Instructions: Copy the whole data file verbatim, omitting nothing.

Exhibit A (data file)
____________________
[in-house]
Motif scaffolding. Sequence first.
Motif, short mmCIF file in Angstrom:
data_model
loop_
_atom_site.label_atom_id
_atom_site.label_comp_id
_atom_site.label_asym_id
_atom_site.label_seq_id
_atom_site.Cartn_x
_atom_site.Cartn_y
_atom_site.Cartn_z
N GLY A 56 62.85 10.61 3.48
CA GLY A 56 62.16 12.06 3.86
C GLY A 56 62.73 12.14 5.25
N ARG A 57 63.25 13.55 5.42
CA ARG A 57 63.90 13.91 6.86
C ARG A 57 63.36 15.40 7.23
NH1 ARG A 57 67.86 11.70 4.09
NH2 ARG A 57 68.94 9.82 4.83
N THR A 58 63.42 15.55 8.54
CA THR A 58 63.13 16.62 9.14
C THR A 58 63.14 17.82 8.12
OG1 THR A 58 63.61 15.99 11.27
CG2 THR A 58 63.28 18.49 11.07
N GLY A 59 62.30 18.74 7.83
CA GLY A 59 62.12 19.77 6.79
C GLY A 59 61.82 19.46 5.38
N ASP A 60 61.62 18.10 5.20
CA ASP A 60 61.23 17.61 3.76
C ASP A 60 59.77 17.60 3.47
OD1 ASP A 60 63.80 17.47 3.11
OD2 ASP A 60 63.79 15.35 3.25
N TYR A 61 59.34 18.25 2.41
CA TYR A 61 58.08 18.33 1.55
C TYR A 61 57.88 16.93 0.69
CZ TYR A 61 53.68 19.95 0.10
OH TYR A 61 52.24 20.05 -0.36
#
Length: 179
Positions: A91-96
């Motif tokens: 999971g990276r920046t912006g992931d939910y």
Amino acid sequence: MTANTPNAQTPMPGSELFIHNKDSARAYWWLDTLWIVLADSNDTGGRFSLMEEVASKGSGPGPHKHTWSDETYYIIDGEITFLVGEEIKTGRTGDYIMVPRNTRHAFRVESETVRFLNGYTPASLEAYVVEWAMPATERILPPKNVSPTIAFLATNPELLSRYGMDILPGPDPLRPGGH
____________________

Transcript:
[in-house]
Motif scaffolding. Sequence first.
Motif, short mmCIF file in Angstrom:
data_model
loop_
_atom_site.label_atom_id
_atom_site.label_comp_id
_atom_site.label_asym_id
_atom_site.label_seq_id
_atom_site.Cartn_x
_atom_site.Cartn_y
_atom_site.Cartn_z
N GLY A 56 62.85 10.61 3.48
CA GLY A 56 62.16 12.06 3.86
C GLY A 56 62.73 12.14 5.25
N ARG A 57 63.25 13.55 5.42
CA ARG A 57 63.90 13.91 6.86
C ARG A 57 63.36 15.40 7.23
NH1 ARG A 57 67.86 11.70 4.09
NH2 ARG A 57 68.94 9.82 4.83
N THR A 58 63.42 15.55 8.54
CA THR A 58 63.13 16.62 9.14
C THR A 58 63.14 17.82 8.12
OG1 THR A 58 63.61 15.99 11.27
CG2 THR A 58 63.28 18.49 11.07
N GLY A 59 62.30 18.74 7.83
CA GLY A 59 62.12 19.77 6.79
C GLY A 59 61.82 19.46 5.38
N ASP A 60 61.62 18.10 5.20
CA ASP A 60 61.23 17.61 3.76
C ASP A 60 59.77 17.60 3.47
OD1 ASP A 60 63.80 17.47 3.11
OD2 ASP A 60 63.79 15.35 3.25
N TYR A 61 59.34 18.25 2.41
CA TYR A 61 58.08 18.33 1.55
C TYR A 61 57.88 16.93 0.69
CZ TYR A 61 53.68 19.95 0.10
OH TYR A 61 52.24 20.05 -0.36
#
Length: 179
Positions: A91-96
């Motif tokens: 999971g990276r920046t912006g992931d939910y």
Amino acid sequence: MTANTPNAQTPMPGSELFIHNKDSARAYWWLDTLWIVLADSNDTGGRFSLMEEVASKGSGPGPHKHTWSDETYYIIDGEITFLVGEEIKTGRTGDYIMVPRNTRHAFRVESETVRFLNGYTPASLEAYVVEWAMPATERILPPKNVSPTIAFLATNPELLSRYGMDILPGPDPLRPGGH